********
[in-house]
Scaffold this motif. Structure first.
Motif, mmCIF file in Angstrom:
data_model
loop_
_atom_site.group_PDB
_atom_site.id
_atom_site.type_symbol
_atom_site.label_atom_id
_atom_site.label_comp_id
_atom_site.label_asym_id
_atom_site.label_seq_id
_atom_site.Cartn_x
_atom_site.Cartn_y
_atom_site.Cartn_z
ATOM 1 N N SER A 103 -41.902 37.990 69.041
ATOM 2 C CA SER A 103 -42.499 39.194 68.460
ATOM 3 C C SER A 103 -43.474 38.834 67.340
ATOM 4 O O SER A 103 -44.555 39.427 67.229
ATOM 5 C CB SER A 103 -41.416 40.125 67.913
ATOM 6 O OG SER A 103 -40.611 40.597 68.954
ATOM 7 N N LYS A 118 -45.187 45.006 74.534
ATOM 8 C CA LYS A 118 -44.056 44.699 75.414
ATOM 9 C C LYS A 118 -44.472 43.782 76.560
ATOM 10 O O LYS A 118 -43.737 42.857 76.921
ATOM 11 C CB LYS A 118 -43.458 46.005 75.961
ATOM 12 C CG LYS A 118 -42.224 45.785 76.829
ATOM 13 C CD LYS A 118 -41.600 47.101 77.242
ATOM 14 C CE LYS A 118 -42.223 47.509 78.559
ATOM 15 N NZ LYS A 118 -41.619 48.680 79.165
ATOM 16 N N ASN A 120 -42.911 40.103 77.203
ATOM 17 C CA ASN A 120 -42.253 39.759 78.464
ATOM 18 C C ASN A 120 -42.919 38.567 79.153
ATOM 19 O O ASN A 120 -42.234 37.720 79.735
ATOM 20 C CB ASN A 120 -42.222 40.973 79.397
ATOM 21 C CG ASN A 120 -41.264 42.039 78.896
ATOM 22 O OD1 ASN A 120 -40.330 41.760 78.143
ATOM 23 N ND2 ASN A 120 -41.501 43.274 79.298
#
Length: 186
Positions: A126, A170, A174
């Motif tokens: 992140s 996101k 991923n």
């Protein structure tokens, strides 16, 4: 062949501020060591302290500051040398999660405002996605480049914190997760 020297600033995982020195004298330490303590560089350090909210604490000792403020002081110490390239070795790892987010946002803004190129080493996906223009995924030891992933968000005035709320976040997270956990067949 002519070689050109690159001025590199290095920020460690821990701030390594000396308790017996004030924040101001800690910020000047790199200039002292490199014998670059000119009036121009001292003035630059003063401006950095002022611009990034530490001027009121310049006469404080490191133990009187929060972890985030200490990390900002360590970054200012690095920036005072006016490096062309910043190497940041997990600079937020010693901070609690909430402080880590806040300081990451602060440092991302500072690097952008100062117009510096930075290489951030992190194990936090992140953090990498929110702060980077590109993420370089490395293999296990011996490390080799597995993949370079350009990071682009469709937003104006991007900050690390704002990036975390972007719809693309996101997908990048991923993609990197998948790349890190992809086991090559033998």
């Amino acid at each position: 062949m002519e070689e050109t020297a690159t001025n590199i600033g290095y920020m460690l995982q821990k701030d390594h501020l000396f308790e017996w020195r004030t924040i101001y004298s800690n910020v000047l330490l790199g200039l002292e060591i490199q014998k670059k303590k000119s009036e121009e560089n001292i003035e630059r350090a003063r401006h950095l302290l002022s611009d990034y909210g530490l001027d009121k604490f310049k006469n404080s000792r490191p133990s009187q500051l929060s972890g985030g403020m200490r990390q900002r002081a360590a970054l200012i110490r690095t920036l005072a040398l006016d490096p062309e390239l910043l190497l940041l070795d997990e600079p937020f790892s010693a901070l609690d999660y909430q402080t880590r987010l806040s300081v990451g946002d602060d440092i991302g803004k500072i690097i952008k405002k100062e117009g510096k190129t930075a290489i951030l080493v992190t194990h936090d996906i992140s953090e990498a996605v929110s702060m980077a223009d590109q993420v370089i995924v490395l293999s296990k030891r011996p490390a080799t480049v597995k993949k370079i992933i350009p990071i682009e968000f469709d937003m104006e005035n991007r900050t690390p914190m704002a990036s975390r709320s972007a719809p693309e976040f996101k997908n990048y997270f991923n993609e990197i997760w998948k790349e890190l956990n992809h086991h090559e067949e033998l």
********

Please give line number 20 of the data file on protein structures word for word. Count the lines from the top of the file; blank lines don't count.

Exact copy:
ATOM 5 C CB SER A 103 -41.416 40.125 67.913